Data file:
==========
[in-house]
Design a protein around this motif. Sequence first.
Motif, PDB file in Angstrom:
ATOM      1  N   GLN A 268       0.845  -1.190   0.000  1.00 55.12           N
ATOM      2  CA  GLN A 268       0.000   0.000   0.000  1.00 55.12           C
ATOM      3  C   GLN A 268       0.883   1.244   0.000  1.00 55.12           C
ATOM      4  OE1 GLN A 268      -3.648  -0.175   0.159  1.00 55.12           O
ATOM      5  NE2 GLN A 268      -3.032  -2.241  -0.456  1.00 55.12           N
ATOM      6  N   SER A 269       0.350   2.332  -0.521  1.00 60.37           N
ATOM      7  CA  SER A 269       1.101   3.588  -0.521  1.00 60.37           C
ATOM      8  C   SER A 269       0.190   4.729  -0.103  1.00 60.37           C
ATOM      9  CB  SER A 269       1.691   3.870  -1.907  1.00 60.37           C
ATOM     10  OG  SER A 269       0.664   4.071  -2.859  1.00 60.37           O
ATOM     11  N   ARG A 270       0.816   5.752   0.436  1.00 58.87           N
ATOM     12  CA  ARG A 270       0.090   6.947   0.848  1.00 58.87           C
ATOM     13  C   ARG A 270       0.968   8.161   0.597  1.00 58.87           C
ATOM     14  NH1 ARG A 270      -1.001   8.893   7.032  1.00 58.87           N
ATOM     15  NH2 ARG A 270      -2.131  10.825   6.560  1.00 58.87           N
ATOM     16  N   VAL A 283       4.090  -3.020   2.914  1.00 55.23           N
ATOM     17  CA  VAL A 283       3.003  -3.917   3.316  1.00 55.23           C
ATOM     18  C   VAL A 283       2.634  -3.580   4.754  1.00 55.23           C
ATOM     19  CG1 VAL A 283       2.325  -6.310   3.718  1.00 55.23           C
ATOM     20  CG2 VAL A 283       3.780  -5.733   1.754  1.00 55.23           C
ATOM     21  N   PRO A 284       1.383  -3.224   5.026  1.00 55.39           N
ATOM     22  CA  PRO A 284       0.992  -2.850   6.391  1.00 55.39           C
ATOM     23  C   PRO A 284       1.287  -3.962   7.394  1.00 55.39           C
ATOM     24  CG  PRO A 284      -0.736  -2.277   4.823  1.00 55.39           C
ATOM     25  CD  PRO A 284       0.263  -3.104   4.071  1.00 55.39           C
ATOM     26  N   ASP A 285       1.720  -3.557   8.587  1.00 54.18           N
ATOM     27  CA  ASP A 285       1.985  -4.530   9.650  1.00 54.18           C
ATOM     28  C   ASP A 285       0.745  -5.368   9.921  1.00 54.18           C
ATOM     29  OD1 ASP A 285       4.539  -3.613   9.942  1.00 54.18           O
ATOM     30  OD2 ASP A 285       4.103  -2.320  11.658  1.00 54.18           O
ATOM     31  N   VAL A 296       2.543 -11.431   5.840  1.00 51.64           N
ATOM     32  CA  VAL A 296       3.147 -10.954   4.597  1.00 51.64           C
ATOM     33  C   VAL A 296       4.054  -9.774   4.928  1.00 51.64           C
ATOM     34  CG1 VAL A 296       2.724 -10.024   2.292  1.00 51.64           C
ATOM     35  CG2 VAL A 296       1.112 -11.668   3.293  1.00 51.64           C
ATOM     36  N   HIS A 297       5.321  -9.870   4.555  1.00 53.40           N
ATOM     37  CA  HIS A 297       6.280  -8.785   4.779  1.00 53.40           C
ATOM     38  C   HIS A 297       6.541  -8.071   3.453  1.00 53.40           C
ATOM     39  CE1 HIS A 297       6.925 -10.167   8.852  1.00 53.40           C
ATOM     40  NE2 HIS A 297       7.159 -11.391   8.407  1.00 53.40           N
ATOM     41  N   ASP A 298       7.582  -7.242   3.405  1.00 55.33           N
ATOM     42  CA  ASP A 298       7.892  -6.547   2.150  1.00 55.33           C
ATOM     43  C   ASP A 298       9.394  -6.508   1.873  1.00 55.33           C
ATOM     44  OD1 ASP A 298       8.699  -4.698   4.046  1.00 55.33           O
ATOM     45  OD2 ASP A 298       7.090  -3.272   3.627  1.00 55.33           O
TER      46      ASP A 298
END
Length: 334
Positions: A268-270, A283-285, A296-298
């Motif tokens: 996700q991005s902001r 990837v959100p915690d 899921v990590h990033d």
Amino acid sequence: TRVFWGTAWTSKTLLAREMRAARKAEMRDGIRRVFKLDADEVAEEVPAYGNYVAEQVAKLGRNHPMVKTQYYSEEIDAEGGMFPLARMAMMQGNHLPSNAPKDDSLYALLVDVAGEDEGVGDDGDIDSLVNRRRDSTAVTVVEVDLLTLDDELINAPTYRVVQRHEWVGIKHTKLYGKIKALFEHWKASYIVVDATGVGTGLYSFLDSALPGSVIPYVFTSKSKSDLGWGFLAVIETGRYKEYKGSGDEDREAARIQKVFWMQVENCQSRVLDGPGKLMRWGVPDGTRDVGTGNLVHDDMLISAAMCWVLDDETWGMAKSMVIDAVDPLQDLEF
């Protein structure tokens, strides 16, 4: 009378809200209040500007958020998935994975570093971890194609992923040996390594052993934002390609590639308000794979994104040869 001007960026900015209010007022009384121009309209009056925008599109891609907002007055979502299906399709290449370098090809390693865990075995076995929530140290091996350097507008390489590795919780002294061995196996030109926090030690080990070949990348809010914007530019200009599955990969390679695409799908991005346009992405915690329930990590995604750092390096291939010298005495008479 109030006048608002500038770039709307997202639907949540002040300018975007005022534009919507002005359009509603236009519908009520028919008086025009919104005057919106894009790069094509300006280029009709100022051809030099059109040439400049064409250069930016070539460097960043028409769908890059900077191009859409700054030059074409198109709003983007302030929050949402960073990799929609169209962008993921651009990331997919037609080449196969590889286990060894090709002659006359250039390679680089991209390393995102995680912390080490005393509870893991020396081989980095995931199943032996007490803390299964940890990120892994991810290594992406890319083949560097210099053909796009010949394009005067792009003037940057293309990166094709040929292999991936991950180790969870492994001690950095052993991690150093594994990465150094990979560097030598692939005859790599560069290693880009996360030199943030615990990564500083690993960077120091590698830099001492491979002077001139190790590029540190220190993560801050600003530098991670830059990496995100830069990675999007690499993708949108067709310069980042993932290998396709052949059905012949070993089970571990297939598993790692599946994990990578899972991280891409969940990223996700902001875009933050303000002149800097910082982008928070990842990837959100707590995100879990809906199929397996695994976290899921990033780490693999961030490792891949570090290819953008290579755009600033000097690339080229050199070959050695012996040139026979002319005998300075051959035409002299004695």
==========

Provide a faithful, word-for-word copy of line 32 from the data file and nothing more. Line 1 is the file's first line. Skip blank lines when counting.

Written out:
ATOM     29  OD1 ASP A 285       4.539  -3.613   9.942  1.00 54.18           O